October 2012 marks the 25th anniversary of the observance of National Domestic Violence Awareness Month. Every nine seconds a woman in the United States is beaten. Three women a day in the USA lose their lives. But victims are not limited to women. Victims can be men, children, brothers, sisters, grandparents, or other familial relationship.
The observance was founded by the National Coalition against Domestic Violence. Its goal is to reach out to victims throughout the nation to protect victims, raise awareness, and help end domestic violence.
A wide range of services and activities focused on education, support, and prevention at local, state and national levels. It includes the mourning of those who died as a result of domestic violence, and provides services and support efforts to their surviving children
Identifying Abusive Behaviors
• Controlling behavior;
• Physical abuse;
• Threat or intimidation;
• Mental or physical neglect;
• Economic abuse or neglect;
• Sexual abuse
Planning for Safety
• Don’t allow yourself to be cornered in a room especially a small enclosed area;
• Educate yourself and your children to identify signs and indicators from your abuser that abuse is imminent;
• Discuss safety with your children before any incidents occur including safe places to go, what numbers to call, and safety signals to alert them to act if anything happens;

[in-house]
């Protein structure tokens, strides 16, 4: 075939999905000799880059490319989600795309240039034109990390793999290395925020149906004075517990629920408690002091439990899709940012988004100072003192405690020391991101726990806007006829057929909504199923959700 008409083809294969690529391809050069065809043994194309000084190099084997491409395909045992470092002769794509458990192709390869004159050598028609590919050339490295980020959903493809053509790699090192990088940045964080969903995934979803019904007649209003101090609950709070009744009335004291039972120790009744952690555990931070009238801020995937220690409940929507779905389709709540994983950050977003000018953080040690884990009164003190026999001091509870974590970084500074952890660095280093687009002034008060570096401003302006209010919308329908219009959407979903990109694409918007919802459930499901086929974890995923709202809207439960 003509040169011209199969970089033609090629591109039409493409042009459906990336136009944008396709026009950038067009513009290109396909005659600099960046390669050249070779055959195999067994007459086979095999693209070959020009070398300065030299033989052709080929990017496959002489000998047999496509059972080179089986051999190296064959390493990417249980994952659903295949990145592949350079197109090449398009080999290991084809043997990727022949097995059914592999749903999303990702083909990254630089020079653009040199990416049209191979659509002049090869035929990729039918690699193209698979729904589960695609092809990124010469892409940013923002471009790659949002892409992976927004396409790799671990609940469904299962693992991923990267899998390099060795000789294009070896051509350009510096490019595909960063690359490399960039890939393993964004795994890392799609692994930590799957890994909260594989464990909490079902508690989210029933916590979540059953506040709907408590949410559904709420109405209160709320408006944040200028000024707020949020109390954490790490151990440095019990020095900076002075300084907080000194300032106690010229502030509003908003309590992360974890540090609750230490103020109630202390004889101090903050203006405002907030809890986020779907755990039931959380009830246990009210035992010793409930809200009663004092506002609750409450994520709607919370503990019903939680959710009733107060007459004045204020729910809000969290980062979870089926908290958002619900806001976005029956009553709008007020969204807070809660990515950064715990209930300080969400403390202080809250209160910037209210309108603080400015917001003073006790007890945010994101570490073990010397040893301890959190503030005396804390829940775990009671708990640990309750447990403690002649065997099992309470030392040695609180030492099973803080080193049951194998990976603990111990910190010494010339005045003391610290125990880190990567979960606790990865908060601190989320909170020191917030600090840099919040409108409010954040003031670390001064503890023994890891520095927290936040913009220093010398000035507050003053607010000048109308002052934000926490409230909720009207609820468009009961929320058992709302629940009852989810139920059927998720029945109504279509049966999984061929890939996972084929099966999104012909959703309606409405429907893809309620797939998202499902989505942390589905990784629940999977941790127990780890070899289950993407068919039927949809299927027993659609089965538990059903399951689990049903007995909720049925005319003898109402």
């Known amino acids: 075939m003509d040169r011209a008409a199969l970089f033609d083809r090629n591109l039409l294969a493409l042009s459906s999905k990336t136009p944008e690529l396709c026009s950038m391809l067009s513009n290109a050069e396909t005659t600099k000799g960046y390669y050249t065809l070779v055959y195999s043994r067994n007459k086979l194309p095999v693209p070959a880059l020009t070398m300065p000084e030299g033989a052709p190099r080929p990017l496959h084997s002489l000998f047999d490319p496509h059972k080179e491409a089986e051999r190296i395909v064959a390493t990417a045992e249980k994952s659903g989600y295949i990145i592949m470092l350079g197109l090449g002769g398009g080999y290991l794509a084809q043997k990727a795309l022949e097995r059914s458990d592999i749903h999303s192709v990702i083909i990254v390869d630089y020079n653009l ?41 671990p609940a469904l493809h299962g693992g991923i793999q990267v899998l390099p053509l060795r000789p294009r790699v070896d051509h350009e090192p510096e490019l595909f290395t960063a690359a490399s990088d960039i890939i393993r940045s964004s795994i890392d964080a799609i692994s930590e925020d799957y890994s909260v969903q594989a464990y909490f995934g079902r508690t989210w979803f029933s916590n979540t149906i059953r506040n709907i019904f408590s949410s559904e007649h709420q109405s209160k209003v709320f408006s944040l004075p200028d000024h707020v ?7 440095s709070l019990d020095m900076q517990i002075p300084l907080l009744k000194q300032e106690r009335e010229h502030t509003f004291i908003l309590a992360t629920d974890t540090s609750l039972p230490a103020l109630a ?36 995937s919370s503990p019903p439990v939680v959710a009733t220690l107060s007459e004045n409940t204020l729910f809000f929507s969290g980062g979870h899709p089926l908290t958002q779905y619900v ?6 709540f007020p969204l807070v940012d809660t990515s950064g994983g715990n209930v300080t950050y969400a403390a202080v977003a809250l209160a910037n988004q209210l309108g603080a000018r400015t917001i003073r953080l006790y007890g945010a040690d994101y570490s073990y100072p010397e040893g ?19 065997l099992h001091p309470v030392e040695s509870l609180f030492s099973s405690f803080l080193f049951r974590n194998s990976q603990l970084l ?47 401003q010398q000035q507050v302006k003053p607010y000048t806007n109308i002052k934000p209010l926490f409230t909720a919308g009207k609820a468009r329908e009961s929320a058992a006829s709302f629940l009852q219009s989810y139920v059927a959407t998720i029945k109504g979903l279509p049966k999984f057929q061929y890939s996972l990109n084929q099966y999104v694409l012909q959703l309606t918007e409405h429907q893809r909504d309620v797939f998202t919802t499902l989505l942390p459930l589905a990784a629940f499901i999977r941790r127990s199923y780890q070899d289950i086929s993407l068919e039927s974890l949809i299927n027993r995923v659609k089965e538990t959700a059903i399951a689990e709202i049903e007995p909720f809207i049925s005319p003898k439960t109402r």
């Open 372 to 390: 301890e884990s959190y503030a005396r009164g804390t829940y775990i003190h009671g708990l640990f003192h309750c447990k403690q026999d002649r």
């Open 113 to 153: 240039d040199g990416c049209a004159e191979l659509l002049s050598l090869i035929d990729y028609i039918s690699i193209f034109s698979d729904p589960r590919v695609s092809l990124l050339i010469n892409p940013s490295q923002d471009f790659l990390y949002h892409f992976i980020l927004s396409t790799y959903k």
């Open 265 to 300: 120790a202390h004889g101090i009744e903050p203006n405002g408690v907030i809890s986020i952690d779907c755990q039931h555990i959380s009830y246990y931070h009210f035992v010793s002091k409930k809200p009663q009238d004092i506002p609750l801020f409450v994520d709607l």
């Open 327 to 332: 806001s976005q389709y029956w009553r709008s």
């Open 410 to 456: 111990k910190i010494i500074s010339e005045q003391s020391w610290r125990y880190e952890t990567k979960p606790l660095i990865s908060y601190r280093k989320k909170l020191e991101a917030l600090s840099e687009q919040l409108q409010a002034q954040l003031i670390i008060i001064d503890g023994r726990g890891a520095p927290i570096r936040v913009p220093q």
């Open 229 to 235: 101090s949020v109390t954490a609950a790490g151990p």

• Set up emergency signals with a trusted family member or neighbor who lives outside your home;
• Collect important documents, and records that you can access immediately from a safe location on short notice;
• Pack and keep a bag in a safe place that includes clothing, nonperishables, medicines, water, and any needed supplies for you and your children for at least 24 hours;
• Be familiar with local domestic violence shelters in your area, and keep their contact information readily available in the event of emergency.
Local and national supporters are wearing purple ribbons, and conducing “going purple activities”. For activities in your area, you can visit your state’s Domestic Violence Coalition, official city police website or other national resources.
Domestic Violence Charges
Domestic abuse or violence is a criminal offense, punishable by jail, fines, and counseling. You should know that even victims sometimes are charged or arrested for domestic violence. There are a numerous reasons for this. It can occur if a parent is a witness to domestic abuse or neglect to a child, but does not take any action to report it to authorities or respond appropriately to keep the child safe. It can also occur, if the police arrive, and are uncertain of which person is the aggressor and which is the victim; or if both persons contributed to the incident of aggression, violence, abuse, or neglect.
If you received charges or were arrested, you always consult a criminal defense attorney regarding your matter, before pleading guilty to charges, or appearing in court.
Additional Domestic Violence Support Resources:
• National Coalition Against Domestic Violence
• Other US Organizations for Domestic Violence Support
• State Coalition Contact List